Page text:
Real Estate Purchase Contracts encountered in California are often detailed and explicit as to the terms of the deal – parties, price, escrow, when closing is to occur, time for inspections, etc. While some terms are subject to varied interpretation, rarely do Sacramento real estate attorneys encounter contracts with glaring omissions. But when they do, the question arises, is the contract enforceable? In a 2008 Supreme Court decision, the court clarified that the only elements necessary for enforceability are the seller, the buyer, the price to be paid, the time and manner of payment, and the property to be transferred. Everything else can be provided by the court based on what is usual and customary.
In Sunil Patel v. Morris Liebermensch, Patel was a tenant in a building owned by Liebermensch. Patel held a lease option – he had the right to buy the property under specified terms. The option purchase terms were as follows:
“Through the end of the year 2003, the selling price is $290,000. The selling price increases by 3% through the end of the year 2004 and cancels with expiration of your occupancy. Should this option to buy be exercised, $1,200.00 shall be refunded to you.”
Patel exercised the option and a dispute arose as to how long it would take to close escrow. The Seller refused to cooperate, and the buyer filed a suit for specific performance. The owner argued that the agreement did not contain all the essential terms, specifically the time and manner for payment.
In this case, the Supreme Court established that the only essential terms required to enforce a real estate contract are the identities of the buyer and seller, the identity of the property, and the purchase prices. Everything else is incidental and may be provided by the court based on what is usual and customary.
When the contract does not cover everything, custom determines incidental matters relating to the opening of an escrow, furnishing deeds, title insurance policies, prorating of taxes, and the like. The material factors to be ascertained from the written contract are the seller, the buyer, the price to be paid, the time and manner of payment, and the property to be transferred, describing it so it may be identified.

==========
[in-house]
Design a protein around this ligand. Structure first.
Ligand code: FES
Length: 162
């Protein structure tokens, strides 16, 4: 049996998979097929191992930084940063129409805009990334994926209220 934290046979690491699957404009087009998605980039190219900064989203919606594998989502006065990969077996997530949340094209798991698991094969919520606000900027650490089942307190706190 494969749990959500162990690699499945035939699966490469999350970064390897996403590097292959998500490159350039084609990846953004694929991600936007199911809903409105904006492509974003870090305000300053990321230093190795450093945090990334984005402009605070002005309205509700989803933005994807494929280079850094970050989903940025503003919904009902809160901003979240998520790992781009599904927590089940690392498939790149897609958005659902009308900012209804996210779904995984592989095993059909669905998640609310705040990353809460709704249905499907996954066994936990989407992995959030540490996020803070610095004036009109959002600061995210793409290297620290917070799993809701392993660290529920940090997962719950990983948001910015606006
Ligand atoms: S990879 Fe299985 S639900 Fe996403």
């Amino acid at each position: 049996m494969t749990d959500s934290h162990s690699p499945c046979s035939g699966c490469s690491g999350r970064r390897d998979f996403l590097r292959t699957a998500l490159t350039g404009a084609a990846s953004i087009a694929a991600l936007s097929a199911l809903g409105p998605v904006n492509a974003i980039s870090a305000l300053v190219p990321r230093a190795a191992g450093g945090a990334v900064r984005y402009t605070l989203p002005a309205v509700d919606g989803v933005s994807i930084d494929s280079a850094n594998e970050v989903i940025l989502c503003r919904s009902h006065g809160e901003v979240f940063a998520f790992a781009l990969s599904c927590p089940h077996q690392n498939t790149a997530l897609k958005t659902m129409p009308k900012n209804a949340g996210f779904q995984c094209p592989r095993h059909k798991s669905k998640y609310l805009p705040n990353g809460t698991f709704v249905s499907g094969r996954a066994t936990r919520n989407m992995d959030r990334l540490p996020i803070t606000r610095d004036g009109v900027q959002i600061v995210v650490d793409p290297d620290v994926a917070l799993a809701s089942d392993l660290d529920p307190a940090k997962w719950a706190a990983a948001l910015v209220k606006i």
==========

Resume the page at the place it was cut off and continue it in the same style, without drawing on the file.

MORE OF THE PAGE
The court noted that if an essential element is reserved for the future agreement of both parties, there is no legal obligation until such future agreement. Since either party by the terms of the promise may refuse to agree to anything to which the other party will agree, it is impossible for the law to affix any obligation to such a promise.
Here, it was the length of the escrow period, unspecified in the contract, which was the sticking point. The Supreme Court in King, however, had made it plain that the escrow period is not a necessary term in a contract of sale, and that in any event “time of payment” is a contract term determinable by implication as a matter of law.
But it was well within the contemplation of the parties that the money should remain in the escrow for such time as would be necessary to determine the matter of merchantable title, and 30 days is a reasonable time for that purpose. Inasmuch as the Escrow instructions were merely supplementary to the executory contract and not the contract itself, the parties could have arranged for a different period.
As the time for closing of escrow effectively determines the time for payment, the court found that Civil Code section 1657 applies to the interpretation of the contract: “If no time is specified for the performance of an act required to be performed, a reasonable time is allowed. If the act is in its nature capable of being done instantly—as, for example, if it consists in the payment of money only—it must be performed immediately upon the thing to be done being exactly ascertained.”
It was argued that the parties’ unsuccessful attempts after exercise of the option to complete the sale were evidence that there had not been a “meeting of the minds.” However, the Supreme Court found that the parties’ conduct subsequent to the formation of a contract, “including the dispute which arises and the remedy sought,” may be relevant in determining which terms they considered essential, but the existence of subsequent disputes should not be taken as evidence that an agreement was never reached.
copyright Lisa Ables 2016